From the opening credits where the type dances to Gary Chang's
music with a heavy percussion beat, director John Frankenheimer's THE
ISLAND OF DR. MOREAU boldly announces that it is a movie not to be
ignored. Not since SEVEN have I seen such impressive opening credits.
That the movie turned out to be as much a religious allegory as an
H. G. Wells science fiction story, I would have never guessed. I asked
several of the other critics after the press screening if they knew if
the book had the religious aspects in it, but having not read the book
in years, none of them had any idea. Personally, I have no problem
enjoying stories that are very loose adaptations of books, but still I
wondered. I love Wells, and this is the first book of his to be made
into a movie in twenty years, the last being EMPIRE OF THE ANTS.
At any rate, as soon as the credits subside, William Fraker's
cinematography makes a dramatic zoom to reveal a boat adrift in a vast
ocean. The narrator, David Thewlis playing Edward Douglas, tells us
that his plane crashed, and he has been drifting in the South Pacific
in the lifeboat for six days. You may remember British actor Thewlis
from his many recent roles including DRAGONHEART, RESTORATION, and
BLACK BEAUTY, which is still his best.
Douglas, half dead, is picked up and treated by the strange
Montgomery (Val Kilmer). When Douglas comes to, he asks Montgomery,
"Are you a doctor?" Montgomery shrugs and tells him, "Well, I more of
a vet." These turn out to be quite prophetic words.
Montgomery takes Douglas to an island where Montgomery wears a
sarong and has a flower behind his ear. He is one handsome guy in this
getup, but I still do not know why Norma Moriceau chose this costume
for Kilmer. Even stranger, but somewhat more appropriate is the all
white outfit and gloves along with the white pancake makeup that Marlon
Brando wears as Dr. Moreau.
When Douglas comes upon a birth operation on a beast that is part
human and part animal, he realizes that all of the "doctors" are also
human and animal hybrids. He begins to see animals of every type on
the island that are part human and humans on the island that are part
beast, depending on your point of view.
Douglas is confronted by Montgomery who explains to him the reason
Dr. Moreau has moved here to conduct his experiments. It seems that
"Animal rights activists drove him out of the States. Got so bad you
couldn't cut a rat without reading him his rights."
Douglas finds Dr. Moreau's daughter Aissa (Fairuza Balk)
attractive. She wants to help him escape so she takes him to an animal
conclave where the lead animal is standing on a rock serving as his
pulpit and preaching to his congregation, "We are all men, are we not
because the father has made us?" Yes, Dr. Moreau is indeed their
father and their god. By the end of the show the word father is
beginning to be replaced by the god reference.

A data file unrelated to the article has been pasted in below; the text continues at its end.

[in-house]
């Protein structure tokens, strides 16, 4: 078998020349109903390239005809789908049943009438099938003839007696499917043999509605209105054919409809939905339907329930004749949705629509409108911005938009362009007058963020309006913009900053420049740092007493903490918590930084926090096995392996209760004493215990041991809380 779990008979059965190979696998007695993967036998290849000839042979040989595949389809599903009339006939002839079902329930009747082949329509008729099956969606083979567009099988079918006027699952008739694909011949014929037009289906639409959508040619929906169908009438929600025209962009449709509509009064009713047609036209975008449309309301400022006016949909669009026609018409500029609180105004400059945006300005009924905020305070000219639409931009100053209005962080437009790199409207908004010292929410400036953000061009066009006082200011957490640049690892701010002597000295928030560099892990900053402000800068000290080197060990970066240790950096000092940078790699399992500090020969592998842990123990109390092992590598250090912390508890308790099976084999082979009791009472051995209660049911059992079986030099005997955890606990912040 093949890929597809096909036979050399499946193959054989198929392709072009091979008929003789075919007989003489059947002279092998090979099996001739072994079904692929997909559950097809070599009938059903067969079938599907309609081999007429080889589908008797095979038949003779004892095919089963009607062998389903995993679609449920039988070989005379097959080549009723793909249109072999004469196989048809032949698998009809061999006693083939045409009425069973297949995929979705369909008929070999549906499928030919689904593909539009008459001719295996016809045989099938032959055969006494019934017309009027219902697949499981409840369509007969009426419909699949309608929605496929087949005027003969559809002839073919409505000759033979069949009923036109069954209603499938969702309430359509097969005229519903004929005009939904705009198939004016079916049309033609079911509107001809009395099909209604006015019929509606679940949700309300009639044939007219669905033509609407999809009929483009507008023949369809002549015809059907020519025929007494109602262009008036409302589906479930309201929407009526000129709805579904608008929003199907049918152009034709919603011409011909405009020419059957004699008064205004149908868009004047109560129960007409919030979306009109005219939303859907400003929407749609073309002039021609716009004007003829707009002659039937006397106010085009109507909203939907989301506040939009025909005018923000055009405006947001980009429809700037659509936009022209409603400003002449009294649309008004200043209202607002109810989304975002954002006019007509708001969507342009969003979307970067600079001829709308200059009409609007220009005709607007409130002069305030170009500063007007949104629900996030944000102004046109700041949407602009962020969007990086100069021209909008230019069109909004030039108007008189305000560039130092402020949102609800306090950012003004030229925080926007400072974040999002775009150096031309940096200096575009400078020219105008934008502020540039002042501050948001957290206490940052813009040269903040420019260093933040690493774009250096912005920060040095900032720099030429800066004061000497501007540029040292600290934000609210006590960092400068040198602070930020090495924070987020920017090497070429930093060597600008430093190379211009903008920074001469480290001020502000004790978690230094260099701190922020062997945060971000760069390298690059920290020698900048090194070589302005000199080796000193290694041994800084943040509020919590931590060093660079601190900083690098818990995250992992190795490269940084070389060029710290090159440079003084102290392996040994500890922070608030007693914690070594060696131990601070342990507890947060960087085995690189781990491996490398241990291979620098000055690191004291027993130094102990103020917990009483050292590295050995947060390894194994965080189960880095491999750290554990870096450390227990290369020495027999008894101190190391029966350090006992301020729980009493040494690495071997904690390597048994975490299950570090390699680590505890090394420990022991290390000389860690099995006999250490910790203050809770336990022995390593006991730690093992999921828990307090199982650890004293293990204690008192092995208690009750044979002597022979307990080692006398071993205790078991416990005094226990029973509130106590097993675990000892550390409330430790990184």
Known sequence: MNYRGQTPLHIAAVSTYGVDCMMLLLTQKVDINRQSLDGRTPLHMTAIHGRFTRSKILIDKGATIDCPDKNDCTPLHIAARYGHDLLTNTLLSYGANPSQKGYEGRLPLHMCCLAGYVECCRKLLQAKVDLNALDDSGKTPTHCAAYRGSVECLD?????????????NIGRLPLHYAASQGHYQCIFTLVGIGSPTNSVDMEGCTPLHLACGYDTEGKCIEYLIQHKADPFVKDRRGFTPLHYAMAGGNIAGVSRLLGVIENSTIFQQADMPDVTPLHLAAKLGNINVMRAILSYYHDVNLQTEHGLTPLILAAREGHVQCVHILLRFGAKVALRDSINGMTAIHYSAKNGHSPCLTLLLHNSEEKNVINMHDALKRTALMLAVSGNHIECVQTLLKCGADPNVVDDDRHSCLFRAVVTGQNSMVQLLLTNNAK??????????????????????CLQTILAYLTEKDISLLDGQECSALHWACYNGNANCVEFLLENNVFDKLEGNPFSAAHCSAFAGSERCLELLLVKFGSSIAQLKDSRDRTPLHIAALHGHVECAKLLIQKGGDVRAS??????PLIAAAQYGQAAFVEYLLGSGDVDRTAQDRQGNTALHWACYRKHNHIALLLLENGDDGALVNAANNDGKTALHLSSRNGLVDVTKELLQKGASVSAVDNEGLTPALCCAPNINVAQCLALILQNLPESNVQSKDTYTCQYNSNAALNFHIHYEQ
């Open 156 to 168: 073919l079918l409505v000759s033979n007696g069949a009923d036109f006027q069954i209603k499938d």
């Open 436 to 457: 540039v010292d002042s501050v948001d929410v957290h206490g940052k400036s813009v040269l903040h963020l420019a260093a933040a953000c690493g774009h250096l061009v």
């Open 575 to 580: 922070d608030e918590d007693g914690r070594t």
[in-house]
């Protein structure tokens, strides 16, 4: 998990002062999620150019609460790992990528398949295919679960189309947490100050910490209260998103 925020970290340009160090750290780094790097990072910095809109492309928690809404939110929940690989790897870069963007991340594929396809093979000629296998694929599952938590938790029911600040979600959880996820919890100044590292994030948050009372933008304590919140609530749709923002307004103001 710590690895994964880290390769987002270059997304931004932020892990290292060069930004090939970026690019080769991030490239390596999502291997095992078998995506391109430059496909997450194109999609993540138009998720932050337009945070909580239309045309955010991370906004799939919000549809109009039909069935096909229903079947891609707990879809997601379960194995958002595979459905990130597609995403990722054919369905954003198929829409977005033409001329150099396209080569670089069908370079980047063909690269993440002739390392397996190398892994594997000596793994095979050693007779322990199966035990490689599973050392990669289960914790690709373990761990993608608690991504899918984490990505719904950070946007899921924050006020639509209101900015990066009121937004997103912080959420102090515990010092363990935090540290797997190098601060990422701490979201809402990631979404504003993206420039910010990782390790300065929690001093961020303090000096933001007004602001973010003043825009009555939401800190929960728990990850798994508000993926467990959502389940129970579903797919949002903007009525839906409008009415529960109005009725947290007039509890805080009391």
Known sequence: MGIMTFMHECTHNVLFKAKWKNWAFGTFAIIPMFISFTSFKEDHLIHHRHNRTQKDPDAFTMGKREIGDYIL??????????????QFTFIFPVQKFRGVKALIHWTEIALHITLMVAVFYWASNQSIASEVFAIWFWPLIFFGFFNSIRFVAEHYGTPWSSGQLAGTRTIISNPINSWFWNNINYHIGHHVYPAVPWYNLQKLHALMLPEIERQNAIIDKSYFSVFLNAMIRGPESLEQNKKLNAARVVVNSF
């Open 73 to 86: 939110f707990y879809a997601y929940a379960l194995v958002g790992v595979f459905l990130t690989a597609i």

The doctor tries to reassure Douglas that, "I have seen the devil
in my microscope, and I have changed him." He explains the ultimate
purpose of his experiments to Douglas, whose sole purpose is to ignore
the doctor and get off the island as quickly as possible. Montgomery
scoffs at Douglas when he tries to use their radio equipment. He
taunts Douglas with, "What are you going to say, 'Mayday. Mayday. I'm
being held by a pig lady.'"
I vacillated between being absolutely fascinated by this story and
wanting the animals to eat Brando and Kilmer because their acting is so
bad. Given all of the drugs used and give the look of the cast,
another title for the film could have been PLANET OF THE APES GETS
Notice too that the doctor is clearly playing the role of the
pope. The carriage he rides in, his robes, and his staff are all
straight out of the Vatican's closet. He has an electronic way to
control his wayward flock, however, that the popes have never had. As
the animals put it, "if there is no pain, there is no law."
The makeup and creature effects by Stan Winston (both TERMNATORs,
JURASSIC PARK, EDWARD SCISSORHANDS, and ALIENS among many others) will
certainly win him an Academy Award nomination. They are unique and
imaginative. The creatures carry the story. The script by Walon
Green, Michael Herr, Ron Hutchinson, and Richard Stanley is quite
involving. If you like, or at least can ignore, the heavy religious
overtones, the script is quite good. It drags some in the middle but
it starts and ends strong. Director Frankenheimer and editor Paul
Rubell know how to craft a high energy presentation that most of the
time keeps you on the edge of your seat.
Without Brando THE ISLAND OF DR. MOREAU would have been much
better, but I liked it, flaws and all. The tacked on epilogue message
is a lame attempt to justify the religious aspects of the film. They
need no justification. You can like them or not, but the epilogue adds
nothing and is trite.
THE ISLAND OF DR. MOREAU runs a little over an hour and a half.
They did not have a information package available at the screening so I
am at a lost for some of the details. The film is rated PG-13. There
is no sex or nudity. The language is mild and the deaths are not very
graphic. It would be fine for most kids over say eight. I recommend
the picture to you and give ***.
Copyright © 1996 Steve Rhodes